Publication Date


Document Type


First Advisor

Katkovsky, Walter

Degree Name

M.A. (Master of Arts)

Legacy Department

Department of Psychology


Hearing impaired--Psychology; Feedback (Psychology); Paranoia


Paranoid disorders have been attributed to both stressful experiences and reality distortions encouraged by psychological isolation. Hearing impairment, which constitutes isolation in terms of information input, has led to paranoid reactions in subjects studied naturalistically and experimentally. Threats to self-esteem from critical feedback have produced anxiety in experimental subjects. The present study compared the effects of impaired vs. normal hearing and critical vs. favorable feedback on changes in paranoid reactions. It was predicted that subjects experiencing hearing impairment would increase in their paranoid reactions from pre- to posttest. Subjects receiving critical feedback (i.e., adjustment weaknesses) were also expected to increase in their paranoid reactions from pre- to posttest. The investigation was designed to determine whether the joint effects of hearing and feedback are additive or multiplicative. Prior to the experimental manipulations, 80 female subjects completed several measures (anxiety, projection, and paranoid adjective checklist) in order to assess their pre-experimental paranoid reactions. A self-esteem scale also was used as a possible covariate. In the second session, subjects were asked to take several personality tests and were presented with one of four pre-recorded, simulated personality interpretations. The content of the taped interpretations consisted of either weaknesses or strengths in general and social adjustment, and these were either completely intelligible (normal hearing) or partially unintelligible (impaired hearing). Subjects' reactions to their respective experimental conditions were assessed after the interpretation ended and comparisons of the subjects' pre- and post-experimental paranoid reactions were made. Since subjects in the four experimental conditions did not differ in self-esteem, the covariate was not used in subsequent analyses. Results of the investigation indicated that subjects in the hearing and feedback conditions differed significantly in paranoid reactions, with those in the hearing impaired condition and adjustment weaknesses condition exibiting the greatest increases in paranoid reactions. Hearing and feedback were found to combine in an additive fashion. The combination of impaired hearing and adjustment weaknesses feedback produced the greatest increases in paranoid reactions, and the combination of normal hearing and adjustment strengths feedback produced the greatest decreases in paranoid reactions.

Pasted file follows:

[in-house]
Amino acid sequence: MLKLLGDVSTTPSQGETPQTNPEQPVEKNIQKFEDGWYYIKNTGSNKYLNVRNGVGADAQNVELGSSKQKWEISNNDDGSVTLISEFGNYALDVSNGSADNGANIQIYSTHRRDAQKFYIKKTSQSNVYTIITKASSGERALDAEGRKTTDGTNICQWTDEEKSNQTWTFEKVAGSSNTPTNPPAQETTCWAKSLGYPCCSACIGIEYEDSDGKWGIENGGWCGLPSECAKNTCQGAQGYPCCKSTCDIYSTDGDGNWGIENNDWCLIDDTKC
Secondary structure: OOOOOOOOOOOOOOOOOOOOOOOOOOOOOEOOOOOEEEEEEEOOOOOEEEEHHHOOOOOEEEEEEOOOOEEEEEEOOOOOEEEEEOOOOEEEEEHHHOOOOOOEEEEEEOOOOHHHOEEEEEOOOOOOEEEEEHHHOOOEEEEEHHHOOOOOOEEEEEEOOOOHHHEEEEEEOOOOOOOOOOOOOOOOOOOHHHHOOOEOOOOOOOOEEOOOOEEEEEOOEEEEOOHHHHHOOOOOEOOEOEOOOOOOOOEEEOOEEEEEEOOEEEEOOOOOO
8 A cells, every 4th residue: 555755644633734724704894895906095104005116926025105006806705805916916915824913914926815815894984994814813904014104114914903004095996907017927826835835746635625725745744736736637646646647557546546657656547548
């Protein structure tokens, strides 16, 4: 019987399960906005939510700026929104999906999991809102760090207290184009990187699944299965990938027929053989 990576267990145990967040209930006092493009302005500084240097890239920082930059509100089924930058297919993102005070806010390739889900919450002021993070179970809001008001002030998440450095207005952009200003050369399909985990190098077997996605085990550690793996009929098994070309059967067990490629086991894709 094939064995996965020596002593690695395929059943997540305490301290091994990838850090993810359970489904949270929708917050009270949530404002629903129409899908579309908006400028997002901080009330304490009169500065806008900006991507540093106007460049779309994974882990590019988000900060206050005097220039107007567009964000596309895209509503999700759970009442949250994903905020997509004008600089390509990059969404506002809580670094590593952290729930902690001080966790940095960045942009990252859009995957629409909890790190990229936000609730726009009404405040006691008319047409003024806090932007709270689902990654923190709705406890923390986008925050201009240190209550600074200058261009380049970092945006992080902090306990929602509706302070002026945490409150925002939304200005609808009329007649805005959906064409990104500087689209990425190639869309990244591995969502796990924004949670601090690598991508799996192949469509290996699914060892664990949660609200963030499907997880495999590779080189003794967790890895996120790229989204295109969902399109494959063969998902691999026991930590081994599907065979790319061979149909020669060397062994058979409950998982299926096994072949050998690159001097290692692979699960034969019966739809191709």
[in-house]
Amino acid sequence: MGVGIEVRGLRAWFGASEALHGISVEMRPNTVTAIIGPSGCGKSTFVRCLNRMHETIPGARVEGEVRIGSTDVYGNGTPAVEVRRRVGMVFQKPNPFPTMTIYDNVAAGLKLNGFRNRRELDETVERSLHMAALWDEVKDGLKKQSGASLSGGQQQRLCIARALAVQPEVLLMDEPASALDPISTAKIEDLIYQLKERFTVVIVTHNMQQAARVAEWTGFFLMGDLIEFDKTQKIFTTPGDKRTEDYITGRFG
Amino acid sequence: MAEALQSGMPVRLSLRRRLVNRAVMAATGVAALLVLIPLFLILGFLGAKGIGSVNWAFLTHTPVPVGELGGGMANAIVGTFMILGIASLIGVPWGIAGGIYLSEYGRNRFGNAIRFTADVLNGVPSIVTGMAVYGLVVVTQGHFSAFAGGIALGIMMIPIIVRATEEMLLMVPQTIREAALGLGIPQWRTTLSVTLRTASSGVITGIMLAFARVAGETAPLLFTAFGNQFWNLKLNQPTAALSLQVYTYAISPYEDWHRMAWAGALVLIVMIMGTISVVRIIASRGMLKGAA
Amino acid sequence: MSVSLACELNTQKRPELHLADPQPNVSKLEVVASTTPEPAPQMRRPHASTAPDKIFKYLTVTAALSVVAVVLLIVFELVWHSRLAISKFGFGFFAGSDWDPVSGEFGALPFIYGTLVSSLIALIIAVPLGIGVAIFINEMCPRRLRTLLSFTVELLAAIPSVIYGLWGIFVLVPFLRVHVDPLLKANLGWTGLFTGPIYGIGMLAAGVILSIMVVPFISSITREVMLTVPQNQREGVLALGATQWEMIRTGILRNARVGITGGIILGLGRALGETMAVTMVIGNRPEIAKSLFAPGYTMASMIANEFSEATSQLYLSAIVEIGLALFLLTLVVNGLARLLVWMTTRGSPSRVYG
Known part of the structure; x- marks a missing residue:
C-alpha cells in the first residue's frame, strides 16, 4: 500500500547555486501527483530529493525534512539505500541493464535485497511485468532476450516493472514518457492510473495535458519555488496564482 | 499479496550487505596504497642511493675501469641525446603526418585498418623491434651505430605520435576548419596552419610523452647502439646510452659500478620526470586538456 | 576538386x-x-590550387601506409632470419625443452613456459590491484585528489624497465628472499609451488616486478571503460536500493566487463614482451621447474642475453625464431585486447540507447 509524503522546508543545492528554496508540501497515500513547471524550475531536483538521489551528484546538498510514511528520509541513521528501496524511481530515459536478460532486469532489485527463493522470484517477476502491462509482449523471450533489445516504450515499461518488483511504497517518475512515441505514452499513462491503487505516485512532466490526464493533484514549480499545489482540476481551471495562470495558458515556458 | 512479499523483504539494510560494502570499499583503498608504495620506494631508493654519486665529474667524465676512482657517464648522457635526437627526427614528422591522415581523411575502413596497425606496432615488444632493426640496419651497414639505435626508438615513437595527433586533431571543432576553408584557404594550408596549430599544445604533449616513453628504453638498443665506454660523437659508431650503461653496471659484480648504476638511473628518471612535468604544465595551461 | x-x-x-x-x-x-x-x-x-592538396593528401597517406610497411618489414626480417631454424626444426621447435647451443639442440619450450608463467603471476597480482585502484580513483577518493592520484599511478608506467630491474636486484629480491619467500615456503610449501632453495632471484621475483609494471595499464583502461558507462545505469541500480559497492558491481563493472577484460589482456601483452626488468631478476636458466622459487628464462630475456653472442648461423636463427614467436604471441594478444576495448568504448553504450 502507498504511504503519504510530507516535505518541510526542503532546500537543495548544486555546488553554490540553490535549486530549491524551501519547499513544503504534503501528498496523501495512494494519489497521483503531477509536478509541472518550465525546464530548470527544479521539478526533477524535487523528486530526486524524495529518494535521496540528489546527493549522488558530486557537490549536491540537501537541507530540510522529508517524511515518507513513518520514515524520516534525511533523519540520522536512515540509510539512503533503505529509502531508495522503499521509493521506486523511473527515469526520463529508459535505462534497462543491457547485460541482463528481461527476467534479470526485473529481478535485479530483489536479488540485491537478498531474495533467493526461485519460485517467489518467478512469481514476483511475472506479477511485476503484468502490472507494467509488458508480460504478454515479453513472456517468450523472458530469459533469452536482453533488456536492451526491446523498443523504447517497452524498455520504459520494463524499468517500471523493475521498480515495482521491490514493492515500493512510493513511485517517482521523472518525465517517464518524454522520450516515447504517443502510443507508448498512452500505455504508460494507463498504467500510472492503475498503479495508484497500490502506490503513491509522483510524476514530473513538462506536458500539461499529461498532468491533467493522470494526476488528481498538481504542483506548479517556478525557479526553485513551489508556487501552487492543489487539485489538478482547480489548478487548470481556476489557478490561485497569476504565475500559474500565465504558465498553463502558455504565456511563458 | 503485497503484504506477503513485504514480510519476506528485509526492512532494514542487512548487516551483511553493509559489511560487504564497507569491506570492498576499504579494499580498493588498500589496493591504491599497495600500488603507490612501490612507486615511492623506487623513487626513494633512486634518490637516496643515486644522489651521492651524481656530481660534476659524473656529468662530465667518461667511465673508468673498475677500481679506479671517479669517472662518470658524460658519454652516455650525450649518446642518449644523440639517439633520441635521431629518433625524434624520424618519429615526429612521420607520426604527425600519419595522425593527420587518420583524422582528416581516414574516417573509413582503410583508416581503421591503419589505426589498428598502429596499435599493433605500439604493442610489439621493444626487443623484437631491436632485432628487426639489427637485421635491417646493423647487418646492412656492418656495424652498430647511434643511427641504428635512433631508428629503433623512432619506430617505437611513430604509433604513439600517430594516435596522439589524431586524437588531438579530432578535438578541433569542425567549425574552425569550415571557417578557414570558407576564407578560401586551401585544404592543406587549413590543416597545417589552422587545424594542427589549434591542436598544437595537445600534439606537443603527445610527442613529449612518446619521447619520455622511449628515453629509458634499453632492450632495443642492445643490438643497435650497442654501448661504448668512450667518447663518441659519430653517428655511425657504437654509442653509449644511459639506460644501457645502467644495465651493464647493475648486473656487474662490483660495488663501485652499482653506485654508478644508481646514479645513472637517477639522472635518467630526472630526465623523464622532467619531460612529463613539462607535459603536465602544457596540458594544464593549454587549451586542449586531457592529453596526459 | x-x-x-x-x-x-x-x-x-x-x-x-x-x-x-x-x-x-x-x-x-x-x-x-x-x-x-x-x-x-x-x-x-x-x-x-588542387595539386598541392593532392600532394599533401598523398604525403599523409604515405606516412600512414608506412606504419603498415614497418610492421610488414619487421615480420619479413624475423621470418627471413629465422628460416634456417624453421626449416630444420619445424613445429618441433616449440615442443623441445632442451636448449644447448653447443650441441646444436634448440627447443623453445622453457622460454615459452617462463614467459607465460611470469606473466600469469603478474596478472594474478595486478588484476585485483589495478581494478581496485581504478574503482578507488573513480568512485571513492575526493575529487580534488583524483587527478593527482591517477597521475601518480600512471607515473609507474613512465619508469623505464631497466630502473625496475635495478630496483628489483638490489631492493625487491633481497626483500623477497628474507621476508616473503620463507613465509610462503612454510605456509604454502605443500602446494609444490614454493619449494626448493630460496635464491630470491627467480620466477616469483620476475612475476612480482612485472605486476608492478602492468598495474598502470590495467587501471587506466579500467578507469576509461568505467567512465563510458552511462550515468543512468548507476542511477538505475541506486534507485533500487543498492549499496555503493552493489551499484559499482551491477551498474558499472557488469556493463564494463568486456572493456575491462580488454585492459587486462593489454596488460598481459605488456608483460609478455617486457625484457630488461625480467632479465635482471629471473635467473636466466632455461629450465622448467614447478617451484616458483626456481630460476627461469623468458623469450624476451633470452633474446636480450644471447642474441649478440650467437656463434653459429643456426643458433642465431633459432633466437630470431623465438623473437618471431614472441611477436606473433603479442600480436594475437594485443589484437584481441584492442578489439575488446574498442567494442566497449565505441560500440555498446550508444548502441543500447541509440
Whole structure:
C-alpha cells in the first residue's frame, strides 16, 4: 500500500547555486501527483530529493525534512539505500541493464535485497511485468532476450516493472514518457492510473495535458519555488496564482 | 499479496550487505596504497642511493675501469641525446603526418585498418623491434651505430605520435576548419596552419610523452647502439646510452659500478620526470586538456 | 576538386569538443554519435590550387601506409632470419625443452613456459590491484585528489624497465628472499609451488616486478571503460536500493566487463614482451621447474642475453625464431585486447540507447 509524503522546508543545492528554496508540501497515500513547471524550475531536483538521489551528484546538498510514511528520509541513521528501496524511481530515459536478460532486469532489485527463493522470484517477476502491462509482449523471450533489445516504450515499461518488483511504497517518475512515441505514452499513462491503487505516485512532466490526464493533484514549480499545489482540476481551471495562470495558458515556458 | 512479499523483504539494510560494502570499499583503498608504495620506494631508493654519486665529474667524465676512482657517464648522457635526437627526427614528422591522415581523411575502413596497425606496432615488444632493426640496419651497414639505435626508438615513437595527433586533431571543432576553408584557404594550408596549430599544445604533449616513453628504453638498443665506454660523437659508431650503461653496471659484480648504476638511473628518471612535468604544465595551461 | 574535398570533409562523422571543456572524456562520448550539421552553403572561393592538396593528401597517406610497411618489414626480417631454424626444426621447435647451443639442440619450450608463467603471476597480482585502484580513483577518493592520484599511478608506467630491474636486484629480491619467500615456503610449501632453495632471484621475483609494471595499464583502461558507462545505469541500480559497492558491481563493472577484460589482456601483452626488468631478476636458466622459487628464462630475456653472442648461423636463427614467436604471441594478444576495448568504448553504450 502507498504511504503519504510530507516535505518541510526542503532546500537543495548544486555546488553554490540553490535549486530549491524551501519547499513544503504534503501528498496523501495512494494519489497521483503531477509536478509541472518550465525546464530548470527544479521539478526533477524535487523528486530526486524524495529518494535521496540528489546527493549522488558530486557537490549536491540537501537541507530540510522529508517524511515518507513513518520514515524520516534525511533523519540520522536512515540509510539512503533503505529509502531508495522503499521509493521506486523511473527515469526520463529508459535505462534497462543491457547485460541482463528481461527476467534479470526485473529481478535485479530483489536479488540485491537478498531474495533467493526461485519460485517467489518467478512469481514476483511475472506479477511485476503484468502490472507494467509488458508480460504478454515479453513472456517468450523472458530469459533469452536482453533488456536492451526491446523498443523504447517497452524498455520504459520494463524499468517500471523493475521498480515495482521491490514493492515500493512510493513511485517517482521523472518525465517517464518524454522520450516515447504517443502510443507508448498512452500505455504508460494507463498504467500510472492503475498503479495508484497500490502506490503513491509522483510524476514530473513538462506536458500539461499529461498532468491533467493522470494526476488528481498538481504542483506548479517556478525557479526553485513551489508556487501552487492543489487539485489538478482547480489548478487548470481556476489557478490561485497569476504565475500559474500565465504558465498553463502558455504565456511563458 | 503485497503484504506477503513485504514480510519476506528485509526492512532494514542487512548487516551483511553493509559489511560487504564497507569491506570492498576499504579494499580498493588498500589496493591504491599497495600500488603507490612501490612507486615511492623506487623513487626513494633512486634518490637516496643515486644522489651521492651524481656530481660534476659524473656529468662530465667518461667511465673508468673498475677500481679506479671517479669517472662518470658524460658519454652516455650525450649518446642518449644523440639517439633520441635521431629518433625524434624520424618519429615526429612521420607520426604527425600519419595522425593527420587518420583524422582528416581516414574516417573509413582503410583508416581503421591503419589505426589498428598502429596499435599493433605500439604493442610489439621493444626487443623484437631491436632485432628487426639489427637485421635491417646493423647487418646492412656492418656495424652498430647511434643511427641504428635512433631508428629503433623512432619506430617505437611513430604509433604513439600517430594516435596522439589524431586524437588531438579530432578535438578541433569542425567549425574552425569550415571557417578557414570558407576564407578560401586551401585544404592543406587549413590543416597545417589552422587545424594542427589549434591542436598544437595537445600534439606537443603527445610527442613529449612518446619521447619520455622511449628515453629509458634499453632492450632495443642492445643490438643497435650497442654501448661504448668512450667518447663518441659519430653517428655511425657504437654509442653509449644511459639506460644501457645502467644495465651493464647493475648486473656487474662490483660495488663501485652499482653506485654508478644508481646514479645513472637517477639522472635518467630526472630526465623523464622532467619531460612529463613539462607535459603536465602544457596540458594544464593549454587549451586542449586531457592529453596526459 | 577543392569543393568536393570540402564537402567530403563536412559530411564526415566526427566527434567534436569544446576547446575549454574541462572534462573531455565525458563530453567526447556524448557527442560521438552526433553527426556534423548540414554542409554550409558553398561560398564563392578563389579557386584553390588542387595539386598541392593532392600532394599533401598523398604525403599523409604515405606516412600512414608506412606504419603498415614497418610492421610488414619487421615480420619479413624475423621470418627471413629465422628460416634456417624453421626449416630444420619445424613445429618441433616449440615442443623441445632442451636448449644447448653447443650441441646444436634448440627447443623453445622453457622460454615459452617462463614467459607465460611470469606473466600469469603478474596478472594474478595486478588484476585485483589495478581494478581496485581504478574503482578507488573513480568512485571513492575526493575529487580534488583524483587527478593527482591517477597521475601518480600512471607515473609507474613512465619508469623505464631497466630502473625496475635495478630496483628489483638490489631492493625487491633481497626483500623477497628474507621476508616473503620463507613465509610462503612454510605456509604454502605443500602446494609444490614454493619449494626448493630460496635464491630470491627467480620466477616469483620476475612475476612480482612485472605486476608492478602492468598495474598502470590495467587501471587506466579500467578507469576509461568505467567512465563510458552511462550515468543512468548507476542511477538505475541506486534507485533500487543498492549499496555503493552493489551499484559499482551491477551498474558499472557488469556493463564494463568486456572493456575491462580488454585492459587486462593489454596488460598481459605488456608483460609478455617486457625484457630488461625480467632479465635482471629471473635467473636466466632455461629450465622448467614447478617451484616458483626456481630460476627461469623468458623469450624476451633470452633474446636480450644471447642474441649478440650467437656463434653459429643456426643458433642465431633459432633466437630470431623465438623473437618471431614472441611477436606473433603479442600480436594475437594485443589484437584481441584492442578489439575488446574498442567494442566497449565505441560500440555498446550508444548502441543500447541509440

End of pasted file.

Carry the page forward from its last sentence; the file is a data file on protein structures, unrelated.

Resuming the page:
Bibliography: pages [54]-56.


vi, 115 pages




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